My instinct, for what it’s worth, is that we are at the start of a strong bull move in the entire precious metals complex. It was not unexpected, since looking out at the entire investment universe, the ‘PM complex’ was the only area trading at bargain rates. Thus, a bull leg was only a matter of time.

During such bull moves, silver normally moves up faster than gold. And, true to form, this has been the case during the last few weeks.

Both gold and silver began their current bull moves on October 4, just under two months ago.

Chris goes on to explain that since October 4, gold has gained 14.6% and silver is up 21.2%.

Since he went to press, both gold and silver have fallen back a couple of percent or so.

Even so. Don’t underestimate these moves.

Real assets have finally begun to move. We’ll add bitcoin into the mix as well. As we write, it’s above $42,000. It has more than doubled over the past year.

Unconnected Dots

Our main task at the Daily Cut is to try to “connect the dots.” That is, we help you figure out what events are about, what makes them important, what their consequences are, and what it all means for you.

But sometimes, we see the individual “dots,” but can’t yet figure out how they connect to anything. Maybe they never will connect to anything.

Regardless, if those unconnected dots feel as though they could be important, we’ll mention them here. And we’ll let you draw your own conclusions.

Today’s unconnected dots…

  • Here’s another reason to not get carried away. From the Financial Times:

    A surge in the number of Americans choosing “buy now, pay later” payment methods for their holiday shopping is raising concerns among advocacy groups that many lower-income consumers will find themselves struggling to pay their bills in the new year.

    Usage of the modern-day layaway plan – in which payments are typically made in installments with no interest except to the merchant – has hit an all-time high this holiday season. BNPL contributed to $10.1 billion of online spending since the start of November, up 17% from the same period of 2022, Adobe Analytics calculated.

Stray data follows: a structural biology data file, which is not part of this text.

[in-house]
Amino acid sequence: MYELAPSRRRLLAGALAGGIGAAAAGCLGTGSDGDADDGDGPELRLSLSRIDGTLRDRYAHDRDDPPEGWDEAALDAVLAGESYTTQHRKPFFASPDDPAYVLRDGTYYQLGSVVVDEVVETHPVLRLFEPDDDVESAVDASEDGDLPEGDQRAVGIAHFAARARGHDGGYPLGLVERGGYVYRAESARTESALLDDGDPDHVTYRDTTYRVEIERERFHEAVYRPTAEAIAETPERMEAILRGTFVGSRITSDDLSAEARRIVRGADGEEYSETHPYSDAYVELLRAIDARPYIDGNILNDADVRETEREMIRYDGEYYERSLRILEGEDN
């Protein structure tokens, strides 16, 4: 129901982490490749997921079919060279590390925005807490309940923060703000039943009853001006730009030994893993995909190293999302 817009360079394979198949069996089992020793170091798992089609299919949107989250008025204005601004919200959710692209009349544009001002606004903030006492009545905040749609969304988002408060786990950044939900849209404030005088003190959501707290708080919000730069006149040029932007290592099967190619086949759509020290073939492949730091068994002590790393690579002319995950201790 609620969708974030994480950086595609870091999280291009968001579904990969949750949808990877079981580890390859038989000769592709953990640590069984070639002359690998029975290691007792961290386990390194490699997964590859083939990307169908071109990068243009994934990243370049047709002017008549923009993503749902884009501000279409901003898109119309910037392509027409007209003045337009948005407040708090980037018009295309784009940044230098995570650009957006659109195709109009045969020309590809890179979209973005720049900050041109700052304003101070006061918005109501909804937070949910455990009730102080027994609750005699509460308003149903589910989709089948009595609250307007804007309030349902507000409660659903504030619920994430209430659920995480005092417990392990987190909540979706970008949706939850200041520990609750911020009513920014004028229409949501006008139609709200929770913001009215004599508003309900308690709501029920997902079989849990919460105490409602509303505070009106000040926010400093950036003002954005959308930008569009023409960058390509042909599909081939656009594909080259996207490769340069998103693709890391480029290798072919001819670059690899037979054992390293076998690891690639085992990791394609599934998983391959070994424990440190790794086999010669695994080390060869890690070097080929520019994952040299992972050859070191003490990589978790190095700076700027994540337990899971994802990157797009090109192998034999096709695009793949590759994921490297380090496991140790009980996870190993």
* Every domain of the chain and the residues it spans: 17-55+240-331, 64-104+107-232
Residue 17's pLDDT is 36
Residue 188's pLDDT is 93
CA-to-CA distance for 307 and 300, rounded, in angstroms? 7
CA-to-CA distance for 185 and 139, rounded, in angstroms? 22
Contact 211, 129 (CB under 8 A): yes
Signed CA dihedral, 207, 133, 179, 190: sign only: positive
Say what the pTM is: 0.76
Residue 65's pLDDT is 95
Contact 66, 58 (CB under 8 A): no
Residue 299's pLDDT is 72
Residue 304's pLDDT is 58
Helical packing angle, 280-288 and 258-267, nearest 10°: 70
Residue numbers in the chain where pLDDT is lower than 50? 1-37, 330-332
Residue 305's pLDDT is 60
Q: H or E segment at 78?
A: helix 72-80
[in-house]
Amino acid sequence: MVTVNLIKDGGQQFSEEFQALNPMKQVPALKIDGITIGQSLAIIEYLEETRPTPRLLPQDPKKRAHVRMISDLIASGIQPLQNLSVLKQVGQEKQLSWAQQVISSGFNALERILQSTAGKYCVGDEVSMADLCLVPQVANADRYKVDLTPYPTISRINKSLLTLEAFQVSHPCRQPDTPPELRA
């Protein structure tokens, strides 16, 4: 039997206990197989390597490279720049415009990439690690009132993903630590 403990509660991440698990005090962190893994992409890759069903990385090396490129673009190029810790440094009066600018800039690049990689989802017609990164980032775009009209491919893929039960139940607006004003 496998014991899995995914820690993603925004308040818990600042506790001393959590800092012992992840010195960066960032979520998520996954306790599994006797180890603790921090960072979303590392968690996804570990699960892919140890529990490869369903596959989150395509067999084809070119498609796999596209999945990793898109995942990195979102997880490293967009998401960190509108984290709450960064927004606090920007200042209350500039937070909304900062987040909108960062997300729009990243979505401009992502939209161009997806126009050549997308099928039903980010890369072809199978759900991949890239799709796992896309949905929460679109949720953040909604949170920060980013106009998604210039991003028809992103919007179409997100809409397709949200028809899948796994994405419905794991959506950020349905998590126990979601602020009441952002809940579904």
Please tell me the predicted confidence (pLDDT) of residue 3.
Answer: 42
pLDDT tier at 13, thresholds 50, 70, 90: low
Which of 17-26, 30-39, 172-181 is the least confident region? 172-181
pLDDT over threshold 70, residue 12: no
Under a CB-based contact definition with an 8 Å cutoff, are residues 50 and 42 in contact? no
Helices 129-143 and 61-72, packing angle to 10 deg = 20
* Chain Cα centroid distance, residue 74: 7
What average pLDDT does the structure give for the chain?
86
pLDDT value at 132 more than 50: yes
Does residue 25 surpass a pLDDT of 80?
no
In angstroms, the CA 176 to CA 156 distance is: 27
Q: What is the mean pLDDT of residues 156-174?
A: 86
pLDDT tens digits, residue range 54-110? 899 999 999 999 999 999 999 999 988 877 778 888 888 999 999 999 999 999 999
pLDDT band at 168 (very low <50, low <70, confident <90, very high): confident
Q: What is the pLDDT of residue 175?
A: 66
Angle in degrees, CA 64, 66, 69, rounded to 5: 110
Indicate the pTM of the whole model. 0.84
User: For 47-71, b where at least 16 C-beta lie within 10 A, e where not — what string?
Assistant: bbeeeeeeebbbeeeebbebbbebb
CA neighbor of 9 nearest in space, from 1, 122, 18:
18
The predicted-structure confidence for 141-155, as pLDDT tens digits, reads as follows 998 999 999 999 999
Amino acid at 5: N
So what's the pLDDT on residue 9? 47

Any one piece of data doesn’t guarantee the onset of an economic disaster.

    But it’s another data point to put in our back pocket for another day.

More Markets

Today’s top-gaining ETFs…

  • Invesco Taxable Municipal Bond ETF (BAB) +1.7%

  • First Trust Long Duration Opportunities ETF (LGOV) +1.5%

  • First Trust India NIFTY 50 Equal Weight ETF (NFTY) +1.4%

  • Amplify Transformational Data Sharing ETF (BLOK) +1.3%

  • Franklin FTSE India ETF (FLIN) +1.2%

Today’s biggest-losing ETFs…

  • Xtrackers MSCI China A Inclusion Equity ETF (ASHX) -2.5%

  • KraneShares MSCI All China Health Care Index ETF (KURE) -2.1%

  • KraneShares Bosera MSCI China A 50 Connect Index ETF (KBA) -2.1%

  • Global X Lithium & Battery Tech ETF (LIT) -2.1%

  • Invesco S&P SmallCap 600 Pure Value ETF (RZV) -2%


Reader Ralph D. writes:

Beneath connect the dots and market news, you give other possible trades without their symbols. Is there a reason you don’t? Doing so would be an invaluable customer service! Thank you.

Our reply: Good point. We’ve begun adding the ticker symbol to the top-gaining ETFs. Just remember, these aren’t “possible trades,” they merely show which sector ETFs have moved up or down the most that day.

We figure that could be useful information to know.

If you have any questions or comments for our experts here at Legacy Research, we’d love to hear from you.

Write to us at [email protected] and just type “Daily Cut mailbag” in the subject line.



Kris Sayce
Editor, The Daily Cut